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Music Lives in Another Part of the Brain

“I think it’s true of all stammerers. They can’t stammer when they sing.” Carly Simon

As a child, Carly Simon suffered from stuttering, and found that singing helped. She commented, “There’s something about the mind connecting differently to the vocal cords when you apply either rhythm or melody.”

In his book “Musicophilia: Tales of Music and the Brain,” neurologist Oliver Sacks describes many of the personal and mental aspects of making and appreciating music, and writes about cases of autistic children “who could make no contact except nonverbally, with music.” [From my post Oliver Sacks on music and the brain.]

Glen Campbell, 75, recently made public the fact he has Alzheimer’s disease. But next year he plans to perform in his Goodbye Tour in various countries, for as long as two years if his health allows it.

In a recent newspaper article about him, there is a reference that “the capacity for music tends to be affected by Alzheimer’s disease differently than other brain functions.”

Elaine Bearer, a professor of neuroscience at the University of New Mexico, who also does research at Caltech, says “It appears that words to a song get encoded in a different place in the brain than the words we use in speech, and it appears that people with Alzheimer’s actually preserve the music, and the words that go to music, long after much of the rest of the brain is not functioning well.”

Bearer is also a composer who studied with the French composer and teacher Nadia Boulanger. “She was very, very focused on the musician’s mind,” Bearer says. “To study with Boulanger meant that you learned to use those unconscious parts of your mind that respond to music, that dream of music, and you learn to bring them to the conscious state where you could take a pencil and write them down.”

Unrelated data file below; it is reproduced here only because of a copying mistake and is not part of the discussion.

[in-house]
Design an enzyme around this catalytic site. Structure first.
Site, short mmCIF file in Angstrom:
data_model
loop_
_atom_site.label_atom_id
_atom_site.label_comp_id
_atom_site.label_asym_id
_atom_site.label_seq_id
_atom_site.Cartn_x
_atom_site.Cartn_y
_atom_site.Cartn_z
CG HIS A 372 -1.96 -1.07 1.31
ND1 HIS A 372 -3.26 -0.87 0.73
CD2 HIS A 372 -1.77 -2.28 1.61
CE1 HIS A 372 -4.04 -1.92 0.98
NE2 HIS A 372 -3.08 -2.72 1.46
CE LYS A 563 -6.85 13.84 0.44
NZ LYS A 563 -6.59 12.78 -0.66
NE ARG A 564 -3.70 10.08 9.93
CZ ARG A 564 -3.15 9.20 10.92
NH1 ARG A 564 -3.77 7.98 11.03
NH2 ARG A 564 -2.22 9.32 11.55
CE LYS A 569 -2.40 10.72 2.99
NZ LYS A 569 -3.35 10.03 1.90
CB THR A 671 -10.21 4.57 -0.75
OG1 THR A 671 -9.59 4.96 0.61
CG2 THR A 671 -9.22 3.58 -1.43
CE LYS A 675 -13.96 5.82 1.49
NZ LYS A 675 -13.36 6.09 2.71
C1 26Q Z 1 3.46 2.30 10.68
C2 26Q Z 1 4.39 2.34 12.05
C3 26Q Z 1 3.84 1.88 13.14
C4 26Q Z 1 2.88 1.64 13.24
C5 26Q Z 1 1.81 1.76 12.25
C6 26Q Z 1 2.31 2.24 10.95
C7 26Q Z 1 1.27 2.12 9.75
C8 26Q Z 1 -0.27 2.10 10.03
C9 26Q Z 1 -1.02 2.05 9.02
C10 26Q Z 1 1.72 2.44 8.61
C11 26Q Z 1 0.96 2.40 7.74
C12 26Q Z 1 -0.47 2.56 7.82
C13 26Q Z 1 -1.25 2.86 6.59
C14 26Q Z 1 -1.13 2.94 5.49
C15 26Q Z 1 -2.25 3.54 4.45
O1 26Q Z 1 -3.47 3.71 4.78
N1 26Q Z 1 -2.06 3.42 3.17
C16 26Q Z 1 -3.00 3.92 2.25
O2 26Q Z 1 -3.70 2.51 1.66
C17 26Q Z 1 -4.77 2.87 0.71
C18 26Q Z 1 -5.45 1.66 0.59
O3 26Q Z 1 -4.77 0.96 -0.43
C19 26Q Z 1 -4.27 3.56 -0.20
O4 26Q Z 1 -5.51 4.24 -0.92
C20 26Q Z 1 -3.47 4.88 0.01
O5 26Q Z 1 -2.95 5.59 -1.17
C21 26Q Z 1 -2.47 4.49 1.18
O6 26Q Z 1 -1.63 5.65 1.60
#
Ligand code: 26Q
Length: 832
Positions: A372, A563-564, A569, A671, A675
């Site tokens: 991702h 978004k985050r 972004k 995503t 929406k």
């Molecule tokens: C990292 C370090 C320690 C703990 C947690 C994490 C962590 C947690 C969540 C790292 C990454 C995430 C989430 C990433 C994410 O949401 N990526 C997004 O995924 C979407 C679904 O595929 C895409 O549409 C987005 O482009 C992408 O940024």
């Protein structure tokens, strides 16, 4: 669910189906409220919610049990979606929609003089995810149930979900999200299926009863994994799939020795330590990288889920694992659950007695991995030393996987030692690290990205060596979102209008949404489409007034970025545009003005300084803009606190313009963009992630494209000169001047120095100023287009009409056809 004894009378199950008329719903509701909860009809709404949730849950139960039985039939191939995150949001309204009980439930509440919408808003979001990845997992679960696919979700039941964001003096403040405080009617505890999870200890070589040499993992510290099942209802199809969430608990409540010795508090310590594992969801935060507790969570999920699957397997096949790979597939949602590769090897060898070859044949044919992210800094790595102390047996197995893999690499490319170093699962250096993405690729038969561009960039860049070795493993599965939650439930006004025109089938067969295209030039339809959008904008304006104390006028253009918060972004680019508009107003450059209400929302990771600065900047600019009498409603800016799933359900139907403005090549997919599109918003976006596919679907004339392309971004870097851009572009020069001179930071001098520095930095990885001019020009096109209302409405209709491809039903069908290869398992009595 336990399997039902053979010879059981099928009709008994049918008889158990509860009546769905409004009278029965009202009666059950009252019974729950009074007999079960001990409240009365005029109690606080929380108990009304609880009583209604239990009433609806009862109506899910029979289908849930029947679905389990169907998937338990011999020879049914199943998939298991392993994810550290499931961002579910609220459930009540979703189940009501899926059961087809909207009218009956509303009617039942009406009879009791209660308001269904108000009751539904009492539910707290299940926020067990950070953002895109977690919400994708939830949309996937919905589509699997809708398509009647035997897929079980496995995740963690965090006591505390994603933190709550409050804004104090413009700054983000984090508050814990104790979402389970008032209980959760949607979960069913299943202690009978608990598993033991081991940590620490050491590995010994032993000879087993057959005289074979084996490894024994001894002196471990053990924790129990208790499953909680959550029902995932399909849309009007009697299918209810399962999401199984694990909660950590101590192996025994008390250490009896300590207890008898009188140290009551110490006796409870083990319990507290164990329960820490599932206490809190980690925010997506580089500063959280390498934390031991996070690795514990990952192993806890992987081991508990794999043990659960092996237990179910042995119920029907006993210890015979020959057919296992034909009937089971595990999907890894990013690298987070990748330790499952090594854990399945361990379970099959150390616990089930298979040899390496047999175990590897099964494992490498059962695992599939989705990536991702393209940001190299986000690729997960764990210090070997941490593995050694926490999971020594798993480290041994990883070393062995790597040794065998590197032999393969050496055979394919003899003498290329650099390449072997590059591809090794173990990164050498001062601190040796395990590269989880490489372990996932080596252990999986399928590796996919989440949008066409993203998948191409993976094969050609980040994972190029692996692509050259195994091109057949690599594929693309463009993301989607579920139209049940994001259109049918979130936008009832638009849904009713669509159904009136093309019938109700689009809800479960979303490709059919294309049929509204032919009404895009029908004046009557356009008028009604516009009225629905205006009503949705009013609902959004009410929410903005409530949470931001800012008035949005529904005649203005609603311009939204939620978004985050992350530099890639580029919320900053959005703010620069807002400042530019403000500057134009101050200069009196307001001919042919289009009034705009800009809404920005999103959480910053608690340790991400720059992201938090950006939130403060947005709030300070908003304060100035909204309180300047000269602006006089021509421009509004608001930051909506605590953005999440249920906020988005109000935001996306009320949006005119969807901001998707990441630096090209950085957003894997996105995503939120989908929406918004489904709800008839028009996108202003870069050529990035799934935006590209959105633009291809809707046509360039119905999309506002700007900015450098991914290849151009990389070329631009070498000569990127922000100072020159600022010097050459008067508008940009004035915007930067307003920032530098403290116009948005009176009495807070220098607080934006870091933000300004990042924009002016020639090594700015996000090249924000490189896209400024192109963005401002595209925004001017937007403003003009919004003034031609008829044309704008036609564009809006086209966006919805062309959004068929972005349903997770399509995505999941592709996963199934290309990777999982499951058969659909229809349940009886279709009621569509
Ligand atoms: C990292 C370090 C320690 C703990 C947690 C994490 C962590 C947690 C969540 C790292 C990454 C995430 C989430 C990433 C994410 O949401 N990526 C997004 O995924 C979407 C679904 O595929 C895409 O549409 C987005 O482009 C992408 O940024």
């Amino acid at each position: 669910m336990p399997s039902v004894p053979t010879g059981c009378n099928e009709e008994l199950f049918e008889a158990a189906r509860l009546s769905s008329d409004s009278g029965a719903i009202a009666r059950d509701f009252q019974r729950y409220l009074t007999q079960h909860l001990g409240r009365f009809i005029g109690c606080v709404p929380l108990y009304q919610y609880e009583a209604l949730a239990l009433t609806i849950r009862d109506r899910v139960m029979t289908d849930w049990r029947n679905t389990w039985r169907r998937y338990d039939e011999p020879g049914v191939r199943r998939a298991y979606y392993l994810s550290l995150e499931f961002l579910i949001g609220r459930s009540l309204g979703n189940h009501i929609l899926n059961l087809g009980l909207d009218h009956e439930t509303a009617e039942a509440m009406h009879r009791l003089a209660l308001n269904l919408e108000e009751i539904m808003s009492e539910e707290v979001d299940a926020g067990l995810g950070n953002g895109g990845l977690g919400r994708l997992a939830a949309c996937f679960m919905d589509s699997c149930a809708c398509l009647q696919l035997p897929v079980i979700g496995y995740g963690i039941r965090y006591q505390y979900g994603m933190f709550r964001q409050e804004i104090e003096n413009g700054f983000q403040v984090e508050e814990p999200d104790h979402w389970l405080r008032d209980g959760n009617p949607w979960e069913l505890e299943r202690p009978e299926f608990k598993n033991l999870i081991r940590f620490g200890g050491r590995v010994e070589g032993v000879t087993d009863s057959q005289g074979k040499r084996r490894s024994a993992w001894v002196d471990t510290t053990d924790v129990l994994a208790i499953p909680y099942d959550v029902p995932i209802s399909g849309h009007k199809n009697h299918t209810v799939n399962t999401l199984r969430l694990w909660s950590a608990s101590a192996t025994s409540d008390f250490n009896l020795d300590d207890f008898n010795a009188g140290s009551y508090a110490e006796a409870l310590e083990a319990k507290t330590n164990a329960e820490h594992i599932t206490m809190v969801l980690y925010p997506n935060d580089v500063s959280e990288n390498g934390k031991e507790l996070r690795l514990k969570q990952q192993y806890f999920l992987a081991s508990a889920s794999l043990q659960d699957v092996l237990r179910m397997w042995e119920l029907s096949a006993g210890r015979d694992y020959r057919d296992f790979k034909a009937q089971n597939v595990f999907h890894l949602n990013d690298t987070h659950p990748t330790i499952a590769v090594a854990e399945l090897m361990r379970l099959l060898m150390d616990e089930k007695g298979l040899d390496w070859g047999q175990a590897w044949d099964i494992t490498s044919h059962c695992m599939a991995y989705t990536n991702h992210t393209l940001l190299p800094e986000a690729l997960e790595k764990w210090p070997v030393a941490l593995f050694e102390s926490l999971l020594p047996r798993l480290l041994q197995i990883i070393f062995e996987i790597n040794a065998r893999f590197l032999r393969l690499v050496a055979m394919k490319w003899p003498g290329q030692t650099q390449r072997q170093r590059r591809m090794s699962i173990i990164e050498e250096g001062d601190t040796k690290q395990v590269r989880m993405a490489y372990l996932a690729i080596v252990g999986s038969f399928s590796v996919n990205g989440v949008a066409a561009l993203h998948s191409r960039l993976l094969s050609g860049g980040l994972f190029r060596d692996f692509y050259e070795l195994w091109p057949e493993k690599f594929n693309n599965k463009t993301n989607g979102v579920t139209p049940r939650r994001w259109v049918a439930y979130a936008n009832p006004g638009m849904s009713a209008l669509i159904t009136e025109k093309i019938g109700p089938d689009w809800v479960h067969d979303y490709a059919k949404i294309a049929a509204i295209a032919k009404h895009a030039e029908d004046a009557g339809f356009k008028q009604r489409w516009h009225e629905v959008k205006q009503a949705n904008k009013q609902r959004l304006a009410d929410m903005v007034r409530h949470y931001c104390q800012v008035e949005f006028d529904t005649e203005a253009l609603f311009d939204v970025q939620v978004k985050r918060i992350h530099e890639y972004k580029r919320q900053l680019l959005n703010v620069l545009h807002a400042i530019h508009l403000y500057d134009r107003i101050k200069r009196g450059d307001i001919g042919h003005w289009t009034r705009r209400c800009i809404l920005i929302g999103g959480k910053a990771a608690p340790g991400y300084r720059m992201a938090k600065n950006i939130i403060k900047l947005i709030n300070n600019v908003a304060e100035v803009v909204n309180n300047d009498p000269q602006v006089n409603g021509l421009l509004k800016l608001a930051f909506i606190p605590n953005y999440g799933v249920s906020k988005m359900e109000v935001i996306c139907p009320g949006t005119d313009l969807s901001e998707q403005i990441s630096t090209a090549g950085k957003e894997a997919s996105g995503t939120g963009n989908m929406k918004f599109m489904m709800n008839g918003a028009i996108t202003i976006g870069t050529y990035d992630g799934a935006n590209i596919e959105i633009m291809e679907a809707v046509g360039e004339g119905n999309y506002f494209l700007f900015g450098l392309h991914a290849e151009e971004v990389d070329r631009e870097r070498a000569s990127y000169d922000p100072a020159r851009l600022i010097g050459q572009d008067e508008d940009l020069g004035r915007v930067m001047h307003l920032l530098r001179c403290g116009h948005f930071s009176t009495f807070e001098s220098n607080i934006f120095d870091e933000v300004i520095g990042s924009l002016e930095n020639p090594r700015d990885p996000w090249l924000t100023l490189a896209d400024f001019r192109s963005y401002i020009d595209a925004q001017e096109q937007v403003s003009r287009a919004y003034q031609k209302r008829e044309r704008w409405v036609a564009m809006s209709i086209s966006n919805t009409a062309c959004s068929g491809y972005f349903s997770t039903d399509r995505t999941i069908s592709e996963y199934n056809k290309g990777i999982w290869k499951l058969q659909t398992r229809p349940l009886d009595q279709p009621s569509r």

Going through the training with Boulanger, Bearer says, “I can say through personal experience that music does not live in the same part of my brain as my science. So I can be doing a scientific experiment and composing a piece of music at the same time….”

[From Glen Campbell looks forward with gratitude, By Randy Lewis, Los Angeles Times August 28, 2011.]

By the way, many people have suffered with stuttering, including Emily Blunt, Harvey Keitel, Julia Roberts, Marilyn Monroe, John Updike, Lewis Carroll and many others. [From my post Stammering as an opportunity.]

Maybe even people who don’t stutter could take advantage of how the brain works in this way, for example gaining new perspectives on written words by singing them.

Music Lives in Another Part of the Brain

Douglas Eby

Douglas EbyDouglas Eby, MA/Psychology, is a writer and researcher on psychology and personal development related to creativity; creator of the , and author of books including [link to book site with excerpts.]
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APA Reference
Eby, D. (2011). Music Lives in Another Part of the Brain. Psych Central. Retrieved on December 5, 2019, from


Last updated: 29 Aug 2011
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